A Yemeni’s harrowing journey through the ‘Gate of Tears’

Al Jazeera News:  

With just the clothes on his back and $7 to his name, Abdullah Muhammad says it’s a “miracle” he managed to make it out of Yemen alive.

Standing in the blistering heat of a parched, dusty road in Obock, the holes in his jeans and sweat dripping from his worn-out shirt are the only visible signs of the gruelling seven-day journey he made to reach safety.

The ferocious sandstorms that routinely ravage the small port town are a welcome change from the gunfire and air strikes that decimated his hometown, he says. But with his mind still preoccupied with the safety of the family and friends he left behind, he’s unsure of what to do next.

When Yemeni ground forces backed by Saudi Arabia encircled his village of Masraba in Taiz province, Muhammad’s family saw Djibouti – an impoverished country that sits 100 kilometres west of Taiz – as the only hope of saving their son from the clutches of the advancing troops.

“Someone began spreading false information that I was a Houthi sympathiser, despite my well-known secular views,” Muhammad told Al Jazeera.

“When I made a few posts on Facebook criticising exiled President Abd-Rabbu Mansour Hadi they were mistaken for Houthi propaganda. Within a few days, I received four death threats from pro-government trolls.

“My parents, fearing I could be kidnapped or assassinated, told me to run – the only safe place for me was abroad.”

With his parents fearing the worst, Muhammad’s mother sold all the gold and jewellery she possessedto pay for her son’s journey westward.

Carrying just a bottle of water, the $210 his mother gave him, and a rucksack full of his prized possessions, the 28-year-old spent the next six days walking back and forth across southern Yemen, trekking through barren wastelands and deserts – cowering to the ground each time a Saudi F-15 fighter jet roared overhead.

“I went from Masraba to Aden but was turned back by pro-government forces,” he said.

“The situation was repeated in Mokha and Mandeb before I finally reached a fishing port at Ras al-‘Ara. I must have walked 300km in total; it was exhausting.

“I think I was suffering from heat stroke, but what would await me was far worse.”

Crossing the Gate of Tears

Once at Ras al-Ara, Muhammad was introduced to a fisherman ferrying a family of desperate Yemenis to Obock in northern Djibouti.

A tiny nation of over 800,000 people, Djibouti has become a haven for Yemeni refugees fleeing Saudi-led air strikes that have gripped the country since March 2015.

Paying the trafficker $200 to guarantee him safe passage, he says seven people were loaded onto the overcrowded wooden boat.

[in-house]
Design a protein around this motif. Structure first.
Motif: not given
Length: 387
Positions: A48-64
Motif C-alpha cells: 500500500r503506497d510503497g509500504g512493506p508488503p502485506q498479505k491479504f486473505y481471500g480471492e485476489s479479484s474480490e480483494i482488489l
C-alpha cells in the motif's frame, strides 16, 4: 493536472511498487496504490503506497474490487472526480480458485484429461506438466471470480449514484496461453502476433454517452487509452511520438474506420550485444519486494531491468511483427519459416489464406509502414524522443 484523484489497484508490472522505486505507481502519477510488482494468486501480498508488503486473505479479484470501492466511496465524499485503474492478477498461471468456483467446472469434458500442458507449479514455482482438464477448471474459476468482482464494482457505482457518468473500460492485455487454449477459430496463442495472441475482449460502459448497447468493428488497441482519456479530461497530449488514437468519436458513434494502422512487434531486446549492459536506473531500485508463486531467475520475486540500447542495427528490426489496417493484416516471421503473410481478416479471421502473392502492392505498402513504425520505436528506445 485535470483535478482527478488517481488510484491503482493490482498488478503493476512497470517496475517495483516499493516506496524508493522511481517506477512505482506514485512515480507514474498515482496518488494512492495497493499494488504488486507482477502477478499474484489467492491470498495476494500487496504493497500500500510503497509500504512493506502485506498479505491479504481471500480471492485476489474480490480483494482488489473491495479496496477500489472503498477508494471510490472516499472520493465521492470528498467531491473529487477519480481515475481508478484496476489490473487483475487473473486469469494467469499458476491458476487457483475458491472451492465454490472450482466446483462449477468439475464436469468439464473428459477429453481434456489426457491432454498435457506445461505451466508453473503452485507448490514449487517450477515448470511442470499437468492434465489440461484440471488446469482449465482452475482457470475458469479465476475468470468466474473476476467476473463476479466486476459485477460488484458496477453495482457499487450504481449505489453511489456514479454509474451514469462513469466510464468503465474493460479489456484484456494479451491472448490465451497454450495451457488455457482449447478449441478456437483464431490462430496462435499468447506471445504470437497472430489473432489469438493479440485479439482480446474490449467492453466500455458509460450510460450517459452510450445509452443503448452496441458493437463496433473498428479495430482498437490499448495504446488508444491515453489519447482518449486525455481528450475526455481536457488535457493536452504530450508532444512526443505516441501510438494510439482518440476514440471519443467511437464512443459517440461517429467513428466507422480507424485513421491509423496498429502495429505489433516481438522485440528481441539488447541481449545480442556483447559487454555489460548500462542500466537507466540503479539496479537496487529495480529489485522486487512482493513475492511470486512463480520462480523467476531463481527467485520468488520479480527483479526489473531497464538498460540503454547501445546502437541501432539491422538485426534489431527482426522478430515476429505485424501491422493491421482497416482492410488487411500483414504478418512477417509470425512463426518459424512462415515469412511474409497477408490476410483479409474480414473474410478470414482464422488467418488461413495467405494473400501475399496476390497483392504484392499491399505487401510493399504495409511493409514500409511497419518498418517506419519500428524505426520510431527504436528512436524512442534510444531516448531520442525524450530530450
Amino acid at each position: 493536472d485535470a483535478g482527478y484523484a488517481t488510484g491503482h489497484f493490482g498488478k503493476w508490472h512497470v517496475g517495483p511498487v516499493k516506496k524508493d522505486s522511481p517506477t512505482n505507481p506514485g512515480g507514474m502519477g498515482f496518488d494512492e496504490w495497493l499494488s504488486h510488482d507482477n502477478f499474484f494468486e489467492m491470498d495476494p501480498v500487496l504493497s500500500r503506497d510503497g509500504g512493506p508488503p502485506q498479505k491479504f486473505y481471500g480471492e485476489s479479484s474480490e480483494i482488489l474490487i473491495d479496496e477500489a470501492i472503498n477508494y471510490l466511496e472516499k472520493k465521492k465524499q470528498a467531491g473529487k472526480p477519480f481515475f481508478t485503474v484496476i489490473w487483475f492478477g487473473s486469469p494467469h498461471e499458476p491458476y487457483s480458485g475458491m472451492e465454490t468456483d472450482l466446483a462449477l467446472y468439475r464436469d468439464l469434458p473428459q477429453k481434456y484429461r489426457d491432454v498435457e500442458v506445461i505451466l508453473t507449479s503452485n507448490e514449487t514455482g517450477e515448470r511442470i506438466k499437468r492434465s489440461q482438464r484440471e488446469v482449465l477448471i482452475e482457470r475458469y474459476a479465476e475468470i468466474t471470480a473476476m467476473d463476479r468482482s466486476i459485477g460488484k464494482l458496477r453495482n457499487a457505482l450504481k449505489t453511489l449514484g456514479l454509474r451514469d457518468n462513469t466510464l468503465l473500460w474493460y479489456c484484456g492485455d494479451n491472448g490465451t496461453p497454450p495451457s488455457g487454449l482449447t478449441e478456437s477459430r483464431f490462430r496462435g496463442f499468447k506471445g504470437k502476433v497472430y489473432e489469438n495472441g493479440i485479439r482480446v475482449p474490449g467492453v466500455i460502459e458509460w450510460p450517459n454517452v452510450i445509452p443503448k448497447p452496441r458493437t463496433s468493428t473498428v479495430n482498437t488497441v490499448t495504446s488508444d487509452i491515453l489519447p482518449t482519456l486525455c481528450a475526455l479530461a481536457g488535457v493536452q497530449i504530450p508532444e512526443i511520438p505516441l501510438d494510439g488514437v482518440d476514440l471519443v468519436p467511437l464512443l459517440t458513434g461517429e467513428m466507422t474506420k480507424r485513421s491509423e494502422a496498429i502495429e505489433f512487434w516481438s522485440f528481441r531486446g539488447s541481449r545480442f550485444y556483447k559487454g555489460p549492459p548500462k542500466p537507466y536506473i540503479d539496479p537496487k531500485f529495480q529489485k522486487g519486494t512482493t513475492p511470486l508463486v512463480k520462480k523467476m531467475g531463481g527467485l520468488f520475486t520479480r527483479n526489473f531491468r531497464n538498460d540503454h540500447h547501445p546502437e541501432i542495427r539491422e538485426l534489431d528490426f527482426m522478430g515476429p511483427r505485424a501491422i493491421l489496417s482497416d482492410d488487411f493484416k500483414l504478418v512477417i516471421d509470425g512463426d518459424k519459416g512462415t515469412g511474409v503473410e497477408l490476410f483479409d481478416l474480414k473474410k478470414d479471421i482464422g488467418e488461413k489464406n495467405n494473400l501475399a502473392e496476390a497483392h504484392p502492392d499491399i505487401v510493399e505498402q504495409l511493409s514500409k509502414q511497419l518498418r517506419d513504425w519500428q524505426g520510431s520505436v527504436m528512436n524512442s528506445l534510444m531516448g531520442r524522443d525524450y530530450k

Forced to toss away his bag as it occupied too much space, Muhammad says he curled himself into a small ball, with barely enough room on the 4.3-metre vessel to stretch out his legs.

“In total, there were nine of us on board – two men, five women, myself and the captain. All of us except the captain began to recite passages from the Quran once we hit rough seas.”

The captain gave Muhammad qat (a mild narcotic) to chew, saying it would make the long journey bearable. But strong winds and waves lashed the boat around, less than 10 minutes after it set sail.

“The journey should have taken a few hours, but because the captain feared being attacked by the Saudi coalition we took a longer route in. We were at sea for more than a day. It was a frightening ordeal.”

Tens of thousands of Yemenis have fled on small rickety boats across the Bab al-Mandeb Strait, known as the Gate of Tears – a name derived from the long history of people perishing when trying to cross it – with at least 37,248 arriving in Djibouti.

The journey is not without risk, said Vanessa Panaligan, the  UN’smedia relations officer in Djibouti, with at least 500 deaths reported between the start of the war and February 2018.

“There were at least 160 arrivals in December and another 70 in January,” she told Al Jazeera.

“Prior to that, we were accustomed to seeing only a few new families coming in every month, but now we’re seeing large numbers arriving, sadly a lot of them are single mothers.”

The risk of coming under coalition fire has also increased, highlighted by an attack on a boat carrying more than 150 people, including children, last March.

At least 42 people were killed when a US-built Apache helicopter opened fire on a boat departing from Yemen’s western city of Hodeidah.

Saudi Arabia refused to cooperate with the UN in an investigation into the attack.

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